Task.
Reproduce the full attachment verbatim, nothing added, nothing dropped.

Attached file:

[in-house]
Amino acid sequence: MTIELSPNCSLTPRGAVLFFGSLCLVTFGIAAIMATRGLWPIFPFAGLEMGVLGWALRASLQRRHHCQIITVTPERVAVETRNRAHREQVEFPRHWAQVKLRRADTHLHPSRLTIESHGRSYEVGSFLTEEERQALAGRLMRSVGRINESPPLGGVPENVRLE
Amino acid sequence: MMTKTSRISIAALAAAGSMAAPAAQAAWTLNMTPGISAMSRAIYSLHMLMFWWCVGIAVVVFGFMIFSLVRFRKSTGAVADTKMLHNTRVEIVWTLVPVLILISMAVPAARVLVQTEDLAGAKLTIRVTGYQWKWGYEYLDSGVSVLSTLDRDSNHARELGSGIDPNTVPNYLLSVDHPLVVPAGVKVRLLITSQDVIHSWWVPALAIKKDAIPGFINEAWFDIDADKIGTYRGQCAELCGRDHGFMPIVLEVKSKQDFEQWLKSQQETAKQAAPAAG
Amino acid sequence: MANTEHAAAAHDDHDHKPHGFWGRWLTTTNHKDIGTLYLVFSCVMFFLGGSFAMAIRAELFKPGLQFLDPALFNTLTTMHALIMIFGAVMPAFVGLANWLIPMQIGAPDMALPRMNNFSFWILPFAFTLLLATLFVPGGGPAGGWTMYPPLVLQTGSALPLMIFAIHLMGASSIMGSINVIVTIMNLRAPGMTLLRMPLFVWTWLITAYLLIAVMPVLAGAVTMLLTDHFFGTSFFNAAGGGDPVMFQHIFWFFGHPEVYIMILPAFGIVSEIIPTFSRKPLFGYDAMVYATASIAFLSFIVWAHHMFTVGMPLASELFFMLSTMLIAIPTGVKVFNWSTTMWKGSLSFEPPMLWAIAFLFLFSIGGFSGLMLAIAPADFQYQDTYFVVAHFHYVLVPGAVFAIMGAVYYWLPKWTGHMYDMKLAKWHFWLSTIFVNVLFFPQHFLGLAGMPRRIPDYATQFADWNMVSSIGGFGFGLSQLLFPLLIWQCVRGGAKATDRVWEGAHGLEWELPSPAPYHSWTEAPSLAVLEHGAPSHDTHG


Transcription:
[in-house]
Amino acid sequence: MTIELSPNCSLTPRGAVLFFGSLCLVTFGIAAIMATRGLWPIFPFAGLEMGVLGWALRASLQRRHHCQIITVTPERVAVETRNRAHREQVEFPRHWAQVKLRRADTHLHPSRLTIESHGRSYEVGSFLTEEERQALAGRLMRSVGRINESPPLGGVPENVRLE
Amino acid sequence: MMTKTSRISIAALAAAGSMAAPAAQAAWTLNMTPGISAMSRAIYSLHMLMFWWCVGIAVVVFGFMIFSLVRFRKSTGAVADTKMLHNTRVEIVWTLVPVLILISMAVPAARVLVQTEDLAGAKLTIRVTGYQWKWGYEYLDSGVSVLSTLDRDSNHARELGSGIDPNTVPNYLLSVDHPLVVPAGVKVRLLITSQDVIHSWWVPALAIKKDAIPGFINEAWFDIDADKIGTYRGQCAELCGRDHGFMPIVLEVKSKQDFEQWLKSQQETAKQAAPAAG
Amino acid sequence: MANTEHAAAAHDDHDHKPHGFWGRWLTTTNHKDIGTLYLVFSCVMFFLGGSFAMAIRAELFKPGLQFLDPALFNTLTTMHALIMIFGAVMPAFVGLANWLIPMQIGAPDMALPRMNNFSFWILPFAFTLLLATLFVPGGGPAGGWTMYPPLVLQTGSALPLMIFAIHLMGASSIMGSINVIVTIMNLRAPGMTLLRMPLFVWTWLITAYLLIAVMPVLAGAVTMLLTDHFFGTSFFNAAGGGDPVMFQHIFWFFGHPEVYIMILPAFGIVSEIIPTFSRKPLFGYDAMVYATASIAFLSFIVWAHHMFTVGMPLASELFFMLSTMLIAIPTGVKVFNWSTTMWKGSLSFEPPMLWAIAFLFLFSIGGFSGLMLAIAPADFQYQDTYFVVAHFHYVLVPGAVFAIMGAVYYWLPKWTGHMYDMKLAKWHFWLSTIFVNVLFFPQHFLGLAGMPRRIPDYATQFADWNMVSSIGGFGFGLSQLLFPLLIWQCVRGGAKATDRVWEGAHGLEWELPSPAPYHSWTEAPSLAVLEHGAPSHDTHG